Injured sea turtle transferred to Mote Marine

Toughy the turtle is one of the newest patients at Mote Marine Laboratory.

The loggerhead turtle was found struggling to swim approximately a half-mile off Knight Island, south of Stump Pass Inlet in Charlotte County, where it was reported to the Florida Fish and Wildlife Conservation Commission dispatch center by a passing boater. The animal suffered deep lacerations but is expected to survive. The cause of the injuries is unknown.

Upon discovery, the Florida Sea Turtle Stranding and Salvage Network were contacted by FWC and a team of volunteer rescuers from the Coastal Wildlife Club assembled at nearby Stump Pass Marina.

FWC Officer Toby Fogle was able to locate the injured turtle by utilizing its last known latitude and longitude coordinates, which were provided by the passing boater. After marking its updated location, Officer Fogle retrieved the rescue team from the marina.

The team made several attempts to approach the turtle only to have it dive down into the depths and out of reach. However, due to the injuries the animal sustained, it was only able to stay underwater for a short period of time before resurfacing.

Eventually, Toughy was brought to safety aboard a patrol vessel. Once onshore the turtle was transported to the Sarasota-based laboratory and marine research facility where it is currently receiving medical attention. Toughy is one of four loggerhead sea turtles to be admitted to Mote’s Sea Turtle Rehabilitation Hospital in the past month.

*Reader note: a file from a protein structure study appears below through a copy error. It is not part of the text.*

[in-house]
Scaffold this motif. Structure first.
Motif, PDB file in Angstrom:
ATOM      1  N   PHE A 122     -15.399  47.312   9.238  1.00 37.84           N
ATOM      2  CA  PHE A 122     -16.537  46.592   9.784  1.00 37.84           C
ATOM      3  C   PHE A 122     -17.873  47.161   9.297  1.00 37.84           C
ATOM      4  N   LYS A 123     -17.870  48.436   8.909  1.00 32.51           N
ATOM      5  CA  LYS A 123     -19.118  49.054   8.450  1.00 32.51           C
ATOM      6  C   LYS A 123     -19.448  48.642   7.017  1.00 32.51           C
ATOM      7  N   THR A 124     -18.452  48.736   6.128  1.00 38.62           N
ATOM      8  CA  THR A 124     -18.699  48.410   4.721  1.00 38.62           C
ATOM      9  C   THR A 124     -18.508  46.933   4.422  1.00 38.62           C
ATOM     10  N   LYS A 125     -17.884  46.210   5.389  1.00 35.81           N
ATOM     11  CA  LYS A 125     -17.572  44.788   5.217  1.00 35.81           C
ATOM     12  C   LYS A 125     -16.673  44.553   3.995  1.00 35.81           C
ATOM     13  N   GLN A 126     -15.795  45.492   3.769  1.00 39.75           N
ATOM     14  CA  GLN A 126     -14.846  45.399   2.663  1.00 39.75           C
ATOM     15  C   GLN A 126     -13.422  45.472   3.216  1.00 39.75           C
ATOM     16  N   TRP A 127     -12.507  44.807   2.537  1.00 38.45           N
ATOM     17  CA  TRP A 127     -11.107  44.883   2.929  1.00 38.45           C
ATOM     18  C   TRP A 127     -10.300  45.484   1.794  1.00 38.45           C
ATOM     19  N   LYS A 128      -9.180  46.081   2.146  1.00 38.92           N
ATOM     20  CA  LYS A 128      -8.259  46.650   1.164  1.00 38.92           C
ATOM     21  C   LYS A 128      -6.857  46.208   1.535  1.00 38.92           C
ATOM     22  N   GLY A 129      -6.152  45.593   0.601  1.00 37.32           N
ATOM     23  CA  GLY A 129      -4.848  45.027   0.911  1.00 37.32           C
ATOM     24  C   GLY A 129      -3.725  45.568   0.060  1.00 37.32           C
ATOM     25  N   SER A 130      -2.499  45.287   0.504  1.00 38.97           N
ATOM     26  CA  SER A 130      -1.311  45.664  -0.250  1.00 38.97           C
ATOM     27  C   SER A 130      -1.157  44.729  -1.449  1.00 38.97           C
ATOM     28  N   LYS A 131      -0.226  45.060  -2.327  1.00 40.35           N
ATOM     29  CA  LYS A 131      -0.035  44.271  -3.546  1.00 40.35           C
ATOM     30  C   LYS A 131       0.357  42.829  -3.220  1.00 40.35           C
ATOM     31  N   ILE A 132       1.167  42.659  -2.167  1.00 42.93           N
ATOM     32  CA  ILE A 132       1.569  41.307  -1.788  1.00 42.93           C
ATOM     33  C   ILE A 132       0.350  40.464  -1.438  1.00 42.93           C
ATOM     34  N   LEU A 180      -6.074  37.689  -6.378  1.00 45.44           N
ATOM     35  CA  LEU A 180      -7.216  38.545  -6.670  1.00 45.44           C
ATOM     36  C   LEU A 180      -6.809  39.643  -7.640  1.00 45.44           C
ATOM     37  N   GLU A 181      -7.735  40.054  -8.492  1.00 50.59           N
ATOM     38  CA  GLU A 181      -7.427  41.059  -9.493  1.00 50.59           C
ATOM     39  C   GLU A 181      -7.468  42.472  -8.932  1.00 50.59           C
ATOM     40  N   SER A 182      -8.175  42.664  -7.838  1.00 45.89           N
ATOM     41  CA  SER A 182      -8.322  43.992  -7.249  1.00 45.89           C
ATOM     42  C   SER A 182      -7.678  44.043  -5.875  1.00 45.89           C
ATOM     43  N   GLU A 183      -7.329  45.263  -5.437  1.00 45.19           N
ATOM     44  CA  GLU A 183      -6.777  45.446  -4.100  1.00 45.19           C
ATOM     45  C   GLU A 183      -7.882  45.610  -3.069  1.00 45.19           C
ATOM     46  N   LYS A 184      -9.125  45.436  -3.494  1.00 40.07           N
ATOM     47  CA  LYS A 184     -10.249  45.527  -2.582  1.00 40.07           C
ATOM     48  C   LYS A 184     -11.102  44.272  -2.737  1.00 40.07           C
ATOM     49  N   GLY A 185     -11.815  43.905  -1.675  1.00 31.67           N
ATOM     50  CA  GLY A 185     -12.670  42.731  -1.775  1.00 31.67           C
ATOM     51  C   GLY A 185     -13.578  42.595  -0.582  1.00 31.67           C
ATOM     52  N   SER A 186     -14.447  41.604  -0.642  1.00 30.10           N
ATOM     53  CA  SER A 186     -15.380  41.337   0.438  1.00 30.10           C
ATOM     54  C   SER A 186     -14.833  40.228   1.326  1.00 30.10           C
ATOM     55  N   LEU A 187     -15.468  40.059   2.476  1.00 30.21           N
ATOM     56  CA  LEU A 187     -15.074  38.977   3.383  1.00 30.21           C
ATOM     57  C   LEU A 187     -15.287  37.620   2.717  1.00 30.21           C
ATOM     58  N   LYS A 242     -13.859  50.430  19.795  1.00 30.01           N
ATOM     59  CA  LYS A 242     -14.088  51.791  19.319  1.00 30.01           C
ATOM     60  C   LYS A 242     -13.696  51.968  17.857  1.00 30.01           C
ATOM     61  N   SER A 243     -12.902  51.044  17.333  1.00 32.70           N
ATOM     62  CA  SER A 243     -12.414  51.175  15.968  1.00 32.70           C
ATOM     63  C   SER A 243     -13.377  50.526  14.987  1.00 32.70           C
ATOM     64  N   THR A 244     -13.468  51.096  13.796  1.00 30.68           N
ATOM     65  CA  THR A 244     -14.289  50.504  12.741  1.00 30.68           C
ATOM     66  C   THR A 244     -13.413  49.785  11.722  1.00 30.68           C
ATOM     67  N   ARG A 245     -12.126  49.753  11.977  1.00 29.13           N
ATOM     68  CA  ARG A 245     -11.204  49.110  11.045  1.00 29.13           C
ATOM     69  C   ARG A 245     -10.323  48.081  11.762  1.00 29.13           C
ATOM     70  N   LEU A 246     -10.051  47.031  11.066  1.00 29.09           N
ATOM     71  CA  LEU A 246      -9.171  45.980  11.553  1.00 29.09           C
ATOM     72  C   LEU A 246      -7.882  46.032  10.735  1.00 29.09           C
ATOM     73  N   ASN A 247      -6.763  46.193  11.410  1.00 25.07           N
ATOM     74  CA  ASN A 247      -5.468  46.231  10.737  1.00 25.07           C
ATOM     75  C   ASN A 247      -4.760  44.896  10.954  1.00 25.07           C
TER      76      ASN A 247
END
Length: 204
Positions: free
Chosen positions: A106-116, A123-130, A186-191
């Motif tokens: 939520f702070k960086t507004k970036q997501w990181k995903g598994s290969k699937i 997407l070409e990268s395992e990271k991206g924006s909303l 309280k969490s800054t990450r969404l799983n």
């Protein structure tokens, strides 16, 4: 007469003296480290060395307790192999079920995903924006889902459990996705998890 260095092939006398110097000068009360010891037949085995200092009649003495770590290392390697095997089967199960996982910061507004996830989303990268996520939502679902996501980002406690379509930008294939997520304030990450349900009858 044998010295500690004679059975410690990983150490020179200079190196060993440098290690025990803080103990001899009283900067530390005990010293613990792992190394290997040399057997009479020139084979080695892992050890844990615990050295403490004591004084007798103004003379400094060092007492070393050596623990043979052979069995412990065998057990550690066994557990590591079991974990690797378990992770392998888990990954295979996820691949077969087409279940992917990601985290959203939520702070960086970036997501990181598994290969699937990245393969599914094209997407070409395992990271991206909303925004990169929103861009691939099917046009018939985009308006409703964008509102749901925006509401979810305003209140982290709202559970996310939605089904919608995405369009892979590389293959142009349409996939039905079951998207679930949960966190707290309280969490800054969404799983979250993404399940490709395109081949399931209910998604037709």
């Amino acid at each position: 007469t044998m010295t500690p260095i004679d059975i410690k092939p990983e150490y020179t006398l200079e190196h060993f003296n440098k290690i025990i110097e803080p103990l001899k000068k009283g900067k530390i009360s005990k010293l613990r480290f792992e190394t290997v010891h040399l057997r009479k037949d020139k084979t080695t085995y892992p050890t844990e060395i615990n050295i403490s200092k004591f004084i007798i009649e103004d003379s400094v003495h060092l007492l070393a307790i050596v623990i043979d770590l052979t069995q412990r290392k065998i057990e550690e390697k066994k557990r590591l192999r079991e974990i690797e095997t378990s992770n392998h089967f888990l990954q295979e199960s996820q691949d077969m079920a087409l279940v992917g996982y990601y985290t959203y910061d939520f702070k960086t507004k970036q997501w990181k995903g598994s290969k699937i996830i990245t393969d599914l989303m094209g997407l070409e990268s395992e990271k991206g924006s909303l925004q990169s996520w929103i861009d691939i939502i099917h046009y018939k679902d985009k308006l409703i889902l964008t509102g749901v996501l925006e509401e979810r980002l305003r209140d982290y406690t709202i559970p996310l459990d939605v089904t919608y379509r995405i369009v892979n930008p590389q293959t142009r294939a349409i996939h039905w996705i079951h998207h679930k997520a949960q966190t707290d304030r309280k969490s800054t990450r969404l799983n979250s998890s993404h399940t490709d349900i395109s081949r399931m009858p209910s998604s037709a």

Arya was found floating in Bishop’s Harbor in Manatee County and, like Toughy, is a sub-adult who is severely anemic. Moby is an adult female who washed ashore Siesta Beach in Sarasota County. She was described as being lethargic, weak and uncoordinated, but is currently eating well and showing signs of improvement. Patti is the rehabilitation facility’s newest occupant: The turtle was accidentally caught by a fisherman when it swallowed a large hook. While initially refusing all food, Patti recently accepted some herring off feeding tongs for the first time.

According to its website, Mote’s Sea Turtle Rehabilitation Hospital has admitted more than 560 sick and injured sea turtles since 1995 and has treated all five species found in the Gulf of Mexico. Additionally, it is one of only three hospitals in Florida with special facilities and training care for turtles suffering from fibropapilloma tumors.